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GardenerBob1- Thanks for the kudos! The yellow things on the orange fiberglass wands are insulators to hold stranded wire. As I said, I use those wands to support the wires on a portable electric bear fence. The electric fence provides peace of mind when camping in remote (fly in) areas with high numbers of bear- like near salmon streams when the fish are running. A pic of the fence in use is attached.

Mikit- Yes, insulation in plastic bags sounds like a great way to do the odd shaped lower panels. After all, that's how MB did all of the very bottom portions of the panels.

I had some of the plastic fasteners for the plastic trim panels break so I used these as a replacement. https://smile.amazon.com/uxcell-Pla...encoding=UTF8&*Version*=1&*entries*=0&ie=UTF8

One other thought. When you're doing the sliding door, be careful around the wiring. I displaced one of the Door Open sensors and will need to get that reset at the dealership or by someone that has the right equipment.
 

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Here's how I insulated my cargo metris:

1) screwed 1x2 wood strips onto metal sidewalls and ceiling (running from front to back, spaced about 15" apart)
2) screwed 1 inch polyiso sheets to wood strips on walls and ceiling (reflective side out, also backed by plastic vapor barrier)
3) screwed 1/8" underlay over polyiso sheets (and painted)
4) heavy curtains that can be pulled across front, back, and side entrances

I gave up a little space for the 1x2 "studs". I gain breathing space behind the polyiso, allowing moisture to escape. Everything can be cleanly removed (screws, no goop).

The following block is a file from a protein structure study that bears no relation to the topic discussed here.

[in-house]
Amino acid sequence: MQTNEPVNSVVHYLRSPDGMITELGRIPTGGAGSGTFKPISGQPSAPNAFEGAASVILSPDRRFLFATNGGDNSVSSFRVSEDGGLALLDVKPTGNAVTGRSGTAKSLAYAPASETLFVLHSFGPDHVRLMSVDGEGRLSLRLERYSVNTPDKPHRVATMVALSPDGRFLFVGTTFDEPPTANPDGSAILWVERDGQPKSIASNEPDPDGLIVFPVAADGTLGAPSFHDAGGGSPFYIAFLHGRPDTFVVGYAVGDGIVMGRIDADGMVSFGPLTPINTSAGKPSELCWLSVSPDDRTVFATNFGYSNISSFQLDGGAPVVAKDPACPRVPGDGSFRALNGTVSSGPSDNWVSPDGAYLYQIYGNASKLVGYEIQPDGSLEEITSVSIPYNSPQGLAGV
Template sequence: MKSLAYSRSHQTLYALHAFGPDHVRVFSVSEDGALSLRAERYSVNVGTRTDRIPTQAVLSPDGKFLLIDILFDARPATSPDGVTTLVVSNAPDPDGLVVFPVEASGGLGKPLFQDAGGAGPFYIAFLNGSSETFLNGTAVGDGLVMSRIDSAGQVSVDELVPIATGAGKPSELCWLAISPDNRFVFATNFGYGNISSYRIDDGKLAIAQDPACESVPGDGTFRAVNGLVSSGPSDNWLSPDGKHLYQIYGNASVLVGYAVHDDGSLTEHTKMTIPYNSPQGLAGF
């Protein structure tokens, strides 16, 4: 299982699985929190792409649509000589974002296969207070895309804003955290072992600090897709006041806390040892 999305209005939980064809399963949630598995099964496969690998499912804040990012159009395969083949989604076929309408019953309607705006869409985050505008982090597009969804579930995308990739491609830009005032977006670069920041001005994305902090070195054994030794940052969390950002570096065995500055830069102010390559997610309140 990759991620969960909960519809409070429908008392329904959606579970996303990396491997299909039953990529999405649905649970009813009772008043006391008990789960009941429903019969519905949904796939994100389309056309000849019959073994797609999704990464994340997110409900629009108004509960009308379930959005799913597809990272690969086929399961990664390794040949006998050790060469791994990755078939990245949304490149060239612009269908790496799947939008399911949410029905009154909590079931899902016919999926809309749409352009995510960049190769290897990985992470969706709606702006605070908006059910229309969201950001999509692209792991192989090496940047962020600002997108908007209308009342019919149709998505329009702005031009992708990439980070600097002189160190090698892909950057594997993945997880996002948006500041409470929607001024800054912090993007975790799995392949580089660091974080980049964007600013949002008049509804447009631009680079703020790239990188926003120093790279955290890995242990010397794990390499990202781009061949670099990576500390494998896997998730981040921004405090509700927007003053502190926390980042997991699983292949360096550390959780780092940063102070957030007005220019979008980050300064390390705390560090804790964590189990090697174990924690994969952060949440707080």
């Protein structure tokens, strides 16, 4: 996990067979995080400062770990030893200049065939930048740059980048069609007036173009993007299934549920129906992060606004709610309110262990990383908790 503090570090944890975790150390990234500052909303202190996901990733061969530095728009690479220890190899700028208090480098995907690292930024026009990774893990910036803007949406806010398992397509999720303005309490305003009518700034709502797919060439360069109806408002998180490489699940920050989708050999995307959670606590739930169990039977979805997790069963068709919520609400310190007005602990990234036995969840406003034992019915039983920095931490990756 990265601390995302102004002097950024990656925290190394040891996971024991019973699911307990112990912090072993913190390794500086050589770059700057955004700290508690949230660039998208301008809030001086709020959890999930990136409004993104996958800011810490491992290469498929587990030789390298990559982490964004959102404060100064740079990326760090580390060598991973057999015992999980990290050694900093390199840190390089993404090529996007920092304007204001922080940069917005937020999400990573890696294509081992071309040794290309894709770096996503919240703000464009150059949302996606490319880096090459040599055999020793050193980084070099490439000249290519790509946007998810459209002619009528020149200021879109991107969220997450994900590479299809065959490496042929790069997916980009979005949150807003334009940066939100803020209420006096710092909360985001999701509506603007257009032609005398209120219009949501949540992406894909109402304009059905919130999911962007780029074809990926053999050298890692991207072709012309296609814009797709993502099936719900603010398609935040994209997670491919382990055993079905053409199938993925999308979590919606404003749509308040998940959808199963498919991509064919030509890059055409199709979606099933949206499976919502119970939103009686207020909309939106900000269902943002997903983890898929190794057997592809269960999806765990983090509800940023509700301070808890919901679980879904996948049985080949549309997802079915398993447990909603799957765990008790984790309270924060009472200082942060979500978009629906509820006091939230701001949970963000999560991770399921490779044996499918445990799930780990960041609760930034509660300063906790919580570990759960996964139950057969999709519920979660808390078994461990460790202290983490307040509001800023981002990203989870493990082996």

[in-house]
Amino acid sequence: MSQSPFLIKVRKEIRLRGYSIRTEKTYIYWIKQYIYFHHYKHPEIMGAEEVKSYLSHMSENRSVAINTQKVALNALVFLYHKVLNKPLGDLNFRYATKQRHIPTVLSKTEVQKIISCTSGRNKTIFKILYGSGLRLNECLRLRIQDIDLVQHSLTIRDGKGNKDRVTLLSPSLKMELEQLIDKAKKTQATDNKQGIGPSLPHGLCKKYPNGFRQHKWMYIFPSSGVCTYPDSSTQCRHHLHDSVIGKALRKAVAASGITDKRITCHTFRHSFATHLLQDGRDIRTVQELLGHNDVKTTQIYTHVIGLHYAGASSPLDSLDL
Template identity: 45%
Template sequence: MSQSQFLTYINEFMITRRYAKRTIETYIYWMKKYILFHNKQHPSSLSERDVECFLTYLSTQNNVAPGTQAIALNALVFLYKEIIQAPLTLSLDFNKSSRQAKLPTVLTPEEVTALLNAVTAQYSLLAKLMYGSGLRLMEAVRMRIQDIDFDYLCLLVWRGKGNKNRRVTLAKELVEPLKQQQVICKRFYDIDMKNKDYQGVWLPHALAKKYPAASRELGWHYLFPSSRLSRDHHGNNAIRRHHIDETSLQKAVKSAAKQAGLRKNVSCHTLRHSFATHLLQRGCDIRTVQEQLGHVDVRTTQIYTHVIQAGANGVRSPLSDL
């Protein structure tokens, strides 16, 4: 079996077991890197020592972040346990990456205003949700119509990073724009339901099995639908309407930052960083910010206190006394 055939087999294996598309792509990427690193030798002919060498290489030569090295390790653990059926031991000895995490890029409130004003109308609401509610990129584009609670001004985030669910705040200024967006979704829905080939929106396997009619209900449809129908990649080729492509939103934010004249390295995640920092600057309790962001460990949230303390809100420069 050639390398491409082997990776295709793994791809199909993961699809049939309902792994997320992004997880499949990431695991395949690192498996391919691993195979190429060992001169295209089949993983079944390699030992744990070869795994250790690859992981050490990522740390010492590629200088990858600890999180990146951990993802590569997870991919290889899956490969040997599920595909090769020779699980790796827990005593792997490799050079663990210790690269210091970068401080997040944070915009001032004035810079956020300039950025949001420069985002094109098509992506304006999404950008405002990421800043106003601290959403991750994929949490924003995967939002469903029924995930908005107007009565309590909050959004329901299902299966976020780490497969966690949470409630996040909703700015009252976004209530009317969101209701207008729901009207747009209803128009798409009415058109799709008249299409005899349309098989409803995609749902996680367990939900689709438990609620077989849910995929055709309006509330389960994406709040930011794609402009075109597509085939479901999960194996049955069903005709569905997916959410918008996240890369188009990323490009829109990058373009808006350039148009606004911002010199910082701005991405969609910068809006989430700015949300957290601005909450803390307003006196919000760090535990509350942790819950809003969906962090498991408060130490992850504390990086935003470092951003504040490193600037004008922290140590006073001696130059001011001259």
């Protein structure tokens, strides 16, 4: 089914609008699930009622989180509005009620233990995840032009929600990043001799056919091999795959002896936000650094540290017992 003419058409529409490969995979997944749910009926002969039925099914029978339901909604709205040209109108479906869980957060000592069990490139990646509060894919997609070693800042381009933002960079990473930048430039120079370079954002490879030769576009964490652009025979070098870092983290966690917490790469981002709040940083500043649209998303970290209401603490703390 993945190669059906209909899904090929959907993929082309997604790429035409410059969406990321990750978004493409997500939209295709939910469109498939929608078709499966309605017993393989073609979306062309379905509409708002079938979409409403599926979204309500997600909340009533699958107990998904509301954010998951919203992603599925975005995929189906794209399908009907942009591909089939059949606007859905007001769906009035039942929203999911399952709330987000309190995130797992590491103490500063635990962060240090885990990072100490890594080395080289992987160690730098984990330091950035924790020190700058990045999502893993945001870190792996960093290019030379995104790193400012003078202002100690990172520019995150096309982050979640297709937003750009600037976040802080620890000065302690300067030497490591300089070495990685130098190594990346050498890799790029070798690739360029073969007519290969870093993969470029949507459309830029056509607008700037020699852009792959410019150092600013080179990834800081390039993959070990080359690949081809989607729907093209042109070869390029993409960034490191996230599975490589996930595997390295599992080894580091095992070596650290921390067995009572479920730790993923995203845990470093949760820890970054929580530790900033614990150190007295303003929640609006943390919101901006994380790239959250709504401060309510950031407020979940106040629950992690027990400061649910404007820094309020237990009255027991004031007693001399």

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Discussion Starter #9
Ransom, thanks for all the information and photos. Looks great. I just insulated my garage roof with 2" Rmax (R-13) and it has made a huge difference so far. It's really easy to cut and work with using a sharpened putty knife.

It seems like loose fiberglass would be the easiest to work with for the side panels as long as it is stuffed tight enough not to slouch. I suppose a vapor barrier is necessary on the inside also to make sure no condensation occurs on the sheet metal. What about the front doors? I'll have to avoid the window path and regulator, so foam board may be necessary there too...
 

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Any comment on using Reflectix? They now offer strips to keep it from coming in contact with the body and allowing an air space. I like that it doesn't have anything that will encourage moisture.